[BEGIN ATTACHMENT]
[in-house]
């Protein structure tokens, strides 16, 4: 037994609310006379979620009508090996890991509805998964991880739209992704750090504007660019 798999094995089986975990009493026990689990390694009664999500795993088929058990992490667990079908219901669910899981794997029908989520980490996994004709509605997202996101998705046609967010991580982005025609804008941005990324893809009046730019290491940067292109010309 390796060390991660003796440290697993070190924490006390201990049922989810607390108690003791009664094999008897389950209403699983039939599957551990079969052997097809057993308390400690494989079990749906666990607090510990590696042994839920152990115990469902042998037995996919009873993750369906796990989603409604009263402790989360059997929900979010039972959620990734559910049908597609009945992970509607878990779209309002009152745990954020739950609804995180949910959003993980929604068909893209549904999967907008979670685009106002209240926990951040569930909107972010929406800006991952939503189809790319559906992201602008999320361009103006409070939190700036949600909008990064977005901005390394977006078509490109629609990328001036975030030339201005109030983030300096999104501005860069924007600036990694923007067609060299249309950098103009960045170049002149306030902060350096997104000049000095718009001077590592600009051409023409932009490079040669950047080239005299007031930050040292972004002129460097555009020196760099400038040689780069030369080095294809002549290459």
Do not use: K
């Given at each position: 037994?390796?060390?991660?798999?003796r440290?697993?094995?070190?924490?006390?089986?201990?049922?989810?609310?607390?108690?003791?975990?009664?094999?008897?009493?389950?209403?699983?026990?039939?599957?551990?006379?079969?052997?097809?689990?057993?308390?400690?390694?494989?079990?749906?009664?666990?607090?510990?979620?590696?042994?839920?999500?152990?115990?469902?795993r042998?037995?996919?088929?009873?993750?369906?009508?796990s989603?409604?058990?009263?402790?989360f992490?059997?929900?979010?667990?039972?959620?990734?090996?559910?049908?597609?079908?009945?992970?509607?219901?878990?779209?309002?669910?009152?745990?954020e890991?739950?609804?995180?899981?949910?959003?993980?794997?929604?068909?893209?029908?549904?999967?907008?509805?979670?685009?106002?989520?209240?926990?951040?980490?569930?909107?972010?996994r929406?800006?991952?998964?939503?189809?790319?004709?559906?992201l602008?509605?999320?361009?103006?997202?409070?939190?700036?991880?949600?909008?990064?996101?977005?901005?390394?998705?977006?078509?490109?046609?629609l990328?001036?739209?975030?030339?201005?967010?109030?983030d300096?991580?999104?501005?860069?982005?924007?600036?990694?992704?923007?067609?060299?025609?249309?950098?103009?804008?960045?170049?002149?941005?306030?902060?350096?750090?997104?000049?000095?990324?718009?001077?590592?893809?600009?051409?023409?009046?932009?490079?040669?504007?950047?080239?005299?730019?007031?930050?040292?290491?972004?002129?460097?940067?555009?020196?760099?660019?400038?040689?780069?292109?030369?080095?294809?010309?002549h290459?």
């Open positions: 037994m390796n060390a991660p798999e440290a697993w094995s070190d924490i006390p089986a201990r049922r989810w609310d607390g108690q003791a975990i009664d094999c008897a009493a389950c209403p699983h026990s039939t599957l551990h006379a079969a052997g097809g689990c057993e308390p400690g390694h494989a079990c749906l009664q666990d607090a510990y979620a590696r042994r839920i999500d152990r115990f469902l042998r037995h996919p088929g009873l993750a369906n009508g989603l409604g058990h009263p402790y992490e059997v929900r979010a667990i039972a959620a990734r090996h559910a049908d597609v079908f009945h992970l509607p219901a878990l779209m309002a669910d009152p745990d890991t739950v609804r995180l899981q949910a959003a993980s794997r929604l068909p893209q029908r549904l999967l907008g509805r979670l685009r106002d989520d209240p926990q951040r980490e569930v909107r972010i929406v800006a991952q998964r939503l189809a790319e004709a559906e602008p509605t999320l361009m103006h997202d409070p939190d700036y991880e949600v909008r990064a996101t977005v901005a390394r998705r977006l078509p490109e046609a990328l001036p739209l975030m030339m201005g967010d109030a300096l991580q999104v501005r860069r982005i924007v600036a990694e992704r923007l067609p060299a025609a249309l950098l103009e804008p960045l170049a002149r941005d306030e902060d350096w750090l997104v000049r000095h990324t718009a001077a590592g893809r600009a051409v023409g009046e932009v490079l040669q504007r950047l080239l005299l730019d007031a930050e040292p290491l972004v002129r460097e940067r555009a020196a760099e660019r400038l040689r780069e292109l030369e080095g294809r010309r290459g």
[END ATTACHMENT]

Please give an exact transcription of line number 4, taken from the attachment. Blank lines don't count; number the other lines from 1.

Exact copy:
């Given at each position: 037994?390796?060390?991660?798999?003796r440290?697993?094995?070190?924490?006390?089986?201990?049922?989810?609310?607390?108690?003791?975990?009664?094999?008897?009493?389950?209403?699983?026990?039939?599957?551990?006379?079969?052997?097809?689990?057993?308390?400690?390694?494989?079990?749906?009664?666990?607090?510990?979620?590696?042994?839920?999500?152990?115990?469902?795993r042998?037995?996919?088929?009873?993750?369906?009508?796990s989603?409604?058990?009263?402790?989360f992490?059997?929900?979010?667990?039972?959620?990734?090996?559910?049908?597609?079908?009945?992970?509607?219901?878990?779209?309002?669910?009152?745990?954020e890991?739950?609804?995180?899981?949910?959003?993980?794997?929604?068909?893209?029908?549904?999967?907008?509805?979670?685009?106002?989520?209240?926990?951040?980490?569930?909107?972010?996994r929406?800006?991952?998964?939503?189809?790319?004709?559906?992201l602008?509605?999320?361009?103006?997202?409070?939190?700036?991880?949600?909008?990064?996101?977005?901005?390394?998705?977006?078509?490109?046609?629609l990328?001036?739209?975030?030339?201005?967010?109030?983030d300096?991580?999104?501005?860069?982005?924007?600036?990694?992704?923007?067609?060299?025609?249309?950098?103009?804008?960045?170049?002149?941005?306030?902060?350096?750090?997104?000049?000095?990324?718009?001077?590592?893809?600009?051409?023409?009046?932009?490079?040669?504007?950047?080239?005299?730019?007031?930050?040292?290491?972004?002129?460097?940067?555009?020196?760099?660019?400038?040689?780069?292109?030369?080095?294809?010309?002549h290459?």